blog header image

Three Principles to Follow When Marketing to Millennials

Chris Sullivan

April 25, 2016
Chris Sullivan

“Your job as a marketer is to put out an idea worth talking about. That’s marketing. When a real person repeats it, that’s word of mouth marketing.”

-Andy Sernovitz, socialmedia.org

Lately, I’ve noticed that many brands have started to lose their marketing focus when trying to reach the coveted millennial market. Their focus has shifted from providing consistent messaging that comes out of a brand’s core values and benefits to social media-based tactics that are superficial in nature, existing only to drive likes and shares.

Ironically, these tactics, which are meant to attract millennials, are actually pushing them away. In order to market effectively to millennials, keep the following in mind:

  1. Be Real. Millennials will repeat (share, comment, like, etc.) stories, content and more through more media channels. But to win them over, you need to put out an idea worth talking about that is true to your company’s core values and brand idea. To reach millennials, authenticity is key. We live in the era where the collective information of our entire history is at our fingertips. People cannot hide and brands cannot lie. Volkswagon, which for decades had successfully reached the younger generation, is literally and figuratively paying the price for not being real. On the other end, real, compelling and people-driven stories have attracted millions of customers to brands like REI and Trade Joe’s.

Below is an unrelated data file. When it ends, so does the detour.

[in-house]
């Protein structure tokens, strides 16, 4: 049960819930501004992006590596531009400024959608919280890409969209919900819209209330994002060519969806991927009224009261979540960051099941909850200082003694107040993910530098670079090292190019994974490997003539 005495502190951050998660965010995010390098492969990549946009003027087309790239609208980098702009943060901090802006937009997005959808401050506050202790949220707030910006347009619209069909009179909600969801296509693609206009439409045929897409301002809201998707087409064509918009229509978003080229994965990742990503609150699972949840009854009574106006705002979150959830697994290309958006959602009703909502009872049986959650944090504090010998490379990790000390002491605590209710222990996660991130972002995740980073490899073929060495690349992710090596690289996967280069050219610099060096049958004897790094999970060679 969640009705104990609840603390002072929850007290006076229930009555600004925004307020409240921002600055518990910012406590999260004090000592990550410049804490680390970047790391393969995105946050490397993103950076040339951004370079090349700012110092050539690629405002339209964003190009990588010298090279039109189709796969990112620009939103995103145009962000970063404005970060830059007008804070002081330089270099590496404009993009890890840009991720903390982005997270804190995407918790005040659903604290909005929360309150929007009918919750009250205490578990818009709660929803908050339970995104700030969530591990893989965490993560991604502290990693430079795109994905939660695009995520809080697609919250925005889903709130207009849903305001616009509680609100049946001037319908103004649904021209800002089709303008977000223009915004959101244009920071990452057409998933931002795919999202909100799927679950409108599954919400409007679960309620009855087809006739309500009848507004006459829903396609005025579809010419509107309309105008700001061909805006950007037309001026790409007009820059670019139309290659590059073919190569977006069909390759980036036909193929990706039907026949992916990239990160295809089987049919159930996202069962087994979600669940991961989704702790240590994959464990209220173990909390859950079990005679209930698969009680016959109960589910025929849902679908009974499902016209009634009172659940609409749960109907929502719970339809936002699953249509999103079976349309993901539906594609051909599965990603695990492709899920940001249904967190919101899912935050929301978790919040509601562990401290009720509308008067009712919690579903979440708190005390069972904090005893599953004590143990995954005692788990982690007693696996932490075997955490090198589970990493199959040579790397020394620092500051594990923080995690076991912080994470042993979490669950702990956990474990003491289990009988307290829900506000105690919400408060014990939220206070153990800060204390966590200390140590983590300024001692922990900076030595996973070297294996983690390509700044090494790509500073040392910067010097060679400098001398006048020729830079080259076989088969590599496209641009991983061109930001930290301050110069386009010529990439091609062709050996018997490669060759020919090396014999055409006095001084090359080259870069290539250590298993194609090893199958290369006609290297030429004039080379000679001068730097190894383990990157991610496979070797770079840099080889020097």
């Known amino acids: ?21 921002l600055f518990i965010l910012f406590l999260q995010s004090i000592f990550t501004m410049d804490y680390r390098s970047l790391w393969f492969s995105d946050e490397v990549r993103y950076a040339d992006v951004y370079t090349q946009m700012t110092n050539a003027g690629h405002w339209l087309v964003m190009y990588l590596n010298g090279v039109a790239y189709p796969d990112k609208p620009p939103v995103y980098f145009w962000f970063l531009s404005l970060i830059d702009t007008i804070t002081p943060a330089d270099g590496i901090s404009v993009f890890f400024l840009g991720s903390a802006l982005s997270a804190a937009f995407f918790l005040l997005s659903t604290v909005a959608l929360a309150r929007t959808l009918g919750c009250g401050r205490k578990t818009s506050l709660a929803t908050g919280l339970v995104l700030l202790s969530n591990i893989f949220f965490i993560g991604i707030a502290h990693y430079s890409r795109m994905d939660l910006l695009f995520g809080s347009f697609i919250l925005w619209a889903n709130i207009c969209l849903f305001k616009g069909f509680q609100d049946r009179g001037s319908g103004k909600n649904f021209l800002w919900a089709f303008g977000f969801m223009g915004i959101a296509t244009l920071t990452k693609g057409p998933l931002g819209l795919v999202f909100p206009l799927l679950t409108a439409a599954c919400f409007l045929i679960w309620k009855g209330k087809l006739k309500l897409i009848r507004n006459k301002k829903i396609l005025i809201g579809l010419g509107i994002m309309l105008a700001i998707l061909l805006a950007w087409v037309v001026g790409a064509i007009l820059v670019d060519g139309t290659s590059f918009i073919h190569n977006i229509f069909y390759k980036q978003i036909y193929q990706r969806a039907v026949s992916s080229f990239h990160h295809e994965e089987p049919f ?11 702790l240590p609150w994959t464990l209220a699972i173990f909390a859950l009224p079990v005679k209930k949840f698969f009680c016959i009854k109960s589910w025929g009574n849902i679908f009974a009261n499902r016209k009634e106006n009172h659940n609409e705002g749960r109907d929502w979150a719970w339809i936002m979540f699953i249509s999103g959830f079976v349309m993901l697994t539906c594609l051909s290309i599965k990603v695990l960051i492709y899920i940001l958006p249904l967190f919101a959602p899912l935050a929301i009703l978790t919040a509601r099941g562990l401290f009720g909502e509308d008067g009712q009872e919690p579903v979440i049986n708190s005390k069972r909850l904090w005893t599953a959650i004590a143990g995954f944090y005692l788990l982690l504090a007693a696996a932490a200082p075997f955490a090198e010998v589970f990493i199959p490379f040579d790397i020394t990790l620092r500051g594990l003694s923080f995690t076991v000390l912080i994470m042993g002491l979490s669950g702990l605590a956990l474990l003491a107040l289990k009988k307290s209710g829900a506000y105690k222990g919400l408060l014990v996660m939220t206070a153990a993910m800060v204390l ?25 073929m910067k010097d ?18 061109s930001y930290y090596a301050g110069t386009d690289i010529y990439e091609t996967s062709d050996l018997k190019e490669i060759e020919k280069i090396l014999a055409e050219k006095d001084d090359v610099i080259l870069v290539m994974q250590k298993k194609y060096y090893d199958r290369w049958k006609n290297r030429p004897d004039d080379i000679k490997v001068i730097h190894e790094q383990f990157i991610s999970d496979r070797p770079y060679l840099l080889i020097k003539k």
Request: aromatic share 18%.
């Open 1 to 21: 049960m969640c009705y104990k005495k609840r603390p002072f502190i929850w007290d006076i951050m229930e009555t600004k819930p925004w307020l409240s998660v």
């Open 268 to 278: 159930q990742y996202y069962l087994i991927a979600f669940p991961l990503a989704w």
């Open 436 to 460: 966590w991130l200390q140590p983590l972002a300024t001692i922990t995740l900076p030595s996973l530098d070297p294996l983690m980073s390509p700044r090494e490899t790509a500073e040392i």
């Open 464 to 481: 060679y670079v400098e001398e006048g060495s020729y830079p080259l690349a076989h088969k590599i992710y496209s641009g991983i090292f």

1. Be Purposeful. Millennials are a mission-driven generation. They are attracted to brands, organizations and companies that are purposeful in their corporate mission. Brands like TOMS make a profit and also make a difference. In fact, you can even have a beer and change the world if you’re at the right pub. Challenge your people (or people, challenge your leadership team) to find and support a common good that can unite your brand with your audience.
  1. Be Empathetic. The rise of the recognition of emotional intelligence gives brands the ammunition they need to connect with people on a deeper, more human level. Ultimately, brands act as a gateway between people that have connected over a commonly agreed upon idea. Listening and open dialogue can be two of the most powerful customer service tools. Great customer service is something worth sharing.